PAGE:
Charles S. Vedder, Presbyterian Huguenot Minister

Charles S. Vedder, Presbyterian Huguenot Minister

After more than forty years of ministry at Huguenot that included many challenges including times when the congregation could not pay him, he spent his last few years of life as pastor emeritus. One factor contributing to his retirement was total blindness. His final sermon was delivered February 22, 1914. During his life he served outside the church as well as within. Among his other works were serving as a commissioner for the Charleston Public Schools, president of the Charleston Bible Society, president of the City Board of Missions, president of the Training School for Nurses, and the eighth president of the New England Society for 34 years. 

Charles Stuart was born to Albert A. and Susan (Fulton) Vedder in Schenectady, New York, October 7, 1826. His education was provided by Schenectady Lyceum Academy which prepared him to graduate valedictorian of Union College’s class of 1851. Ready for his life’s work, Vedder was employed in the publishing industry by Harpers’ Magazine and other New York periodicals while he anticipated bigger and better things. However, having set his course, his direction would change. Vedder grew up in a Christian home reading the Bible and had been profoundly affected by The Imitation of Christ by Thomas à Kempis (1379-1471). His ancestry was Dutch-German and à Kempis was influenced by the Dutch priest, Geert Groote (1340-1384), whose devotio moderna was a response to what he saw as speculative theology among the Dutch. Groote’s teaching emphasized personal spirituality and taught practical communal religion as applied in the Brethren of the Common Life. But Vedder did not seek the priesthood, rather he became a candidate for the Presbyterian ministry. One thing is certain, he could not have become a priest given his marriage to Helen Amelia (Scovel) of Albany, June 7, 1854.

Where would the former publisher go for seminary? Since he was about twenty years old he had suffered reoccurring bouts of ill health because of compulsive work habits combined with the difficult climate of long, wet, and cold winters in New York. A more agreeable climate might prove prudent for theological education with the bonus of improved health. Other men that were Presbyterian ministers such as George HoweAaron W. Leland, and Zelotes Holmes moved South for warmer winters, so Vedder joined the number by attending Columbia Theological Seminary in South Carolina. He graduated Columbia with twenty others in 1861 just as the Civil War was beginning.

Vedder was soon licensed and ordained by the Presbytery of Charleston for work in First Church, Summerville, beginning 1861. The Summerville congregation could trace its ancestry to a small group of settlers from the Congregational Church in Dorchester, Massachusetts, which sailed in 1695 to Carolina (North and South, divided 1712) to establish a settlement about twenty-two miles northwest of Charleston. The next year they built the Old White Meeting House. At the Synod of South Carolina meeting in 1859 the Presbytery of Charleston reported, “They have organized [June 9, 1859] a Church at Summerville, and constituted the pastoral relation between it and the Rev. A. P. Smith” with one ruling elder, “Arthur Fogartie” (10, 96). After but a year, pastor Andrew Pickens Smith left Summerville to serve the Glebe Street Church in Charleston, 1862, and after a series of brief calls ended his days in First Church, Dallas, Texas, 1873-1895. There are several events and transitions on the timeline between the Old White Meeting House era and organization of the Summerville Presbyterian Church, but the Summerville Presbyterians exemplify the close relationship between Congregationalists and Presbyterians in the Low Country. Both presbyterian and congregational polities held to the Calvinism of the Westminster Confession in opposition to the established religion of the Church of England in the colonial era.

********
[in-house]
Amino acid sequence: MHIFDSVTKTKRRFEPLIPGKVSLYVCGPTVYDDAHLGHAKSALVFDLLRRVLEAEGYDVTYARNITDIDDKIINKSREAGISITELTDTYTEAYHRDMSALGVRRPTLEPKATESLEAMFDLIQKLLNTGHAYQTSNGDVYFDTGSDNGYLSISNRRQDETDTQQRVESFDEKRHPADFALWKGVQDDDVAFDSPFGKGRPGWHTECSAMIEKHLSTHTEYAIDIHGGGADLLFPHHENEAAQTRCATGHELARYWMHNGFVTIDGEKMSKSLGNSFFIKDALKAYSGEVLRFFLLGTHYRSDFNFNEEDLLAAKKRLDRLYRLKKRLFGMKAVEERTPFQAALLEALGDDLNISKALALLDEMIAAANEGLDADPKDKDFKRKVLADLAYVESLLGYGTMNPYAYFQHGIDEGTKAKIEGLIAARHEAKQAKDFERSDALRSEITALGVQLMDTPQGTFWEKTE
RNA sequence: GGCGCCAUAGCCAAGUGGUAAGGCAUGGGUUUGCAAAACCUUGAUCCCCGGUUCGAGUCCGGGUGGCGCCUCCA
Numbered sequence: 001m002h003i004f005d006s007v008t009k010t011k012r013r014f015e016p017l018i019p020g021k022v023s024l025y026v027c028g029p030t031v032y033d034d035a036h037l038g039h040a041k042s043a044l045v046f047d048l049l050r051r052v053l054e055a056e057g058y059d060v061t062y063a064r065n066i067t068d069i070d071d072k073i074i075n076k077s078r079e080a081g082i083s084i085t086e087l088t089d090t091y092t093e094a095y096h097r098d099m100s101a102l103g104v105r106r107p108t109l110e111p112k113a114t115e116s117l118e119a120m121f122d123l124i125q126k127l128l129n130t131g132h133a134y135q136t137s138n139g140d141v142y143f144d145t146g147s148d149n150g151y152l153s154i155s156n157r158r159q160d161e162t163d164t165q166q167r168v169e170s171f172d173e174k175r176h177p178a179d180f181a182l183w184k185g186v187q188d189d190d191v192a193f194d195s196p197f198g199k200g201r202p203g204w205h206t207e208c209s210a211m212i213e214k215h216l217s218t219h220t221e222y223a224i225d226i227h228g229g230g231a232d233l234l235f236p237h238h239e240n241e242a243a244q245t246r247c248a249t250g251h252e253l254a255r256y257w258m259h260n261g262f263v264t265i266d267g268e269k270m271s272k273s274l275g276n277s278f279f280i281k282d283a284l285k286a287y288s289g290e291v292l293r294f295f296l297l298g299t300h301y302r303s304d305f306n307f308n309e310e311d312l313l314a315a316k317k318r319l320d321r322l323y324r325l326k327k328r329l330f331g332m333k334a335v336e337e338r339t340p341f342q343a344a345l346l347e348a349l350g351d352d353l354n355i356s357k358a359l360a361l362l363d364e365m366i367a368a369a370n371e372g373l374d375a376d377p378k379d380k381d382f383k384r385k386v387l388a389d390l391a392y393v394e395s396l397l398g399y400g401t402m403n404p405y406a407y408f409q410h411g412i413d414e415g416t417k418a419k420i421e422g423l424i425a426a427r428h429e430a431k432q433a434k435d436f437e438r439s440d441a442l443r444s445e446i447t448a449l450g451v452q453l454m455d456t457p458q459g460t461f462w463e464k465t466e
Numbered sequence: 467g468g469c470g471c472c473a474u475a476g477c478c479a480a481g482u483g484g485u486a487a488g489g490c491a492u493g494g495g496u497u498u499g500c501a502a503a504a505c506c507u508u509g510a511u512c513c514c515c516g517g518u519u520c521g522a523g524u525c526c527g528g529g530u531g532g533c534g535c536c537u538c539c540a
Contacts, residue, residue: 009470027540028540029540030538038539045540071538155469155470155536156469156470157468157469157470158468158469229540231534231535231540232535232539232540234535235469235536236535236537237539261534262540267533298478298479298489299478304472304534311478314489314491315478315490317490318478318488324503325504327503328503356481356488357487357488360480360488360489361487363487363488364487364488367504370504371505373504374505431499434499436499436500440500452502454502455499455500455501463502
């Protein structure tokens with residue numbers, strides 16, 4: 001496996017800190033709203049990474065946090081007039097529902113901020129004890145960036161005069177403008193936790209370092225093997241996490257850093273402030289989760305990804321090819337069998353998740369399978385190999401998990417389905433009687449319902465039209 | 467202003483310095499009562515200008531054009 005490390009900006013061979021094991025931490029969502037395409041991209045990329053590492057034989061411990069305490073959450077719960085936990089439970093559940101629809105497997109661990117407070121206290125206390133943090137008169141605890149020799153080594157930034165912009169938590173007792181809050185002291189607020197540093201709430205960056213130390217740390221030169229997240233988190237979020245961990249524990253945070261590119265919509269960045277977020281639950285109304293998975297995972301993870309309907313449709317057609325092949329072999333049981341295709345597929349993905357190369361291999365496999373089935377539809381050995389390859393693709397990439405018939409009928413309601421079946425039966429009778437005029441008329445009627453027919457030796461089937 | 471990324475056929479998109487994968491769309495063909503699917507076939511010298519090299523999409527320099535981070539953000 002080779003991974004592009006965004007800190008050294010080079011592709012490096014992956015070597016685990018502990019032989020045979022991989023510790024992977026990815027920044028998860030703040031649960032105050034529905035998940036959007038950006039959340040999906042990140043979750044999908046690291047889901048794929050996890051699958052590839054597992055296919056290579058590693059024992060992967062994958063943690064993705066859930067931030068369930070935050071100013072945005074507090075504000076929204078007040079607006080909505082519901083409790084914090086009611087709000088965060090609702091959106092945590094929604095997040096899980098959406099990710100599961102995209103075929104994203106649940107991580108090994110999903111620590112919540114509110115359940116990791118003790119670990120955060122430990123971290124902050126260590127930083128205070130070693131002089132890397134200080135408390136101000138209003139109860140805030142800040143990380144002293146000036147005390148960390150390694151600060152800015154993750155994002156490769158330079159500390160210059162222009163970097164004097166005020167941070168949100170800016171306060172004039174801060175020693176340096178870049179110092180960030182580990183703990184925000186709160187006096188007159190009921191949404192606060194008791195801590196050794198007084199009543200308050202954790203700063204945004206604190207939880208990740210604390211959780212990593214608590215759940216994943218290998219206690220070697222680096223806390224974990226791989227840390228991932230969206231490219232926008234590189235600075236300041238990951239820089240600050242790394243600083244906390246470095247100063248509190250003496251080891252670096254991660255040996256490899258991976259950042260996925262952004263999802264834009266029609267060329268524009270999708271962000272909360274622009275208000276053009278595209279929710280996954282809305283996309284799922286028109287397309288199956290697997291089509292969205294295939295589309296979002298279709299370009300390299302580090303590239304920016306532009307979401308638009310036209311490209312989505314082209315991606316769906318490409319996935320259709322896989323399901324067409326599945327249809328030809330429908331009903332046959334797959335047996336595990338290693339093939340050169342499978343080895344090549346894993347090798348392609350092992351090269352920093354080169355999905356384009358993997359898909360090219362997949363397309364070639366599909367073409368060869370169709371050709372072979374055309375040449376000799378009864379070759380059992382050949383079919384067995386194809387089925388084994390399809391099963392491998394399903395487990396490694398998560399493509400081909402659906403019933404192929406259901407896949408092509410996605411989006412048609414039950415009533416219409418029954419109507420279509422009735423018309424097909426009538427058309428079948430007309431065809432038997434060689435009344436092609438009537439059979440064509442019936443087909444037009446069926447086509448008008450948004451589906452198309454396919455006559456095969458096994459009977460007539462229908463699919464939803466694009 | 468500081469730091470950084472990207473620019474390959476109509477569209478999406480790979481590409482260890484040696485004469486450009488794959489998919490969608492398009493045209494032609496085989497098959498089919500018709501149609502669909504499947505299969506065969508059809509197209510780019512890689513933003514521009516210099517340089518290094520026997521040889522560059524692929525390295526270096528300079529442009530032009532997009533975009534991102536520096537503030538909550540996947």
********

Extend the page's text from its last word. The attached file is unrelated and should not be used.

When the Civil War ended in 1865, Vedder continued at Summerville another year before changing call to the Huguenot Church in Charleston where he would be pastor the remainder of his lengthy life. Huguenots fled France and emigrated to other nations in anticipation of Louis XIV’s October 18, 1685 revocation of the Edict of Nantes that had given them some freedoms to practice their Calvinism and worship as Protestants. Just as Congregational churches in South Carolina enjoyed good relationships with the Presbyterians because of their common commitment to the Westminster Confession, so also the Huguenots were friends in ministry with Presbyterians due to their common commitment to Calvinism, rule by elders, and the mercy work of deacons.

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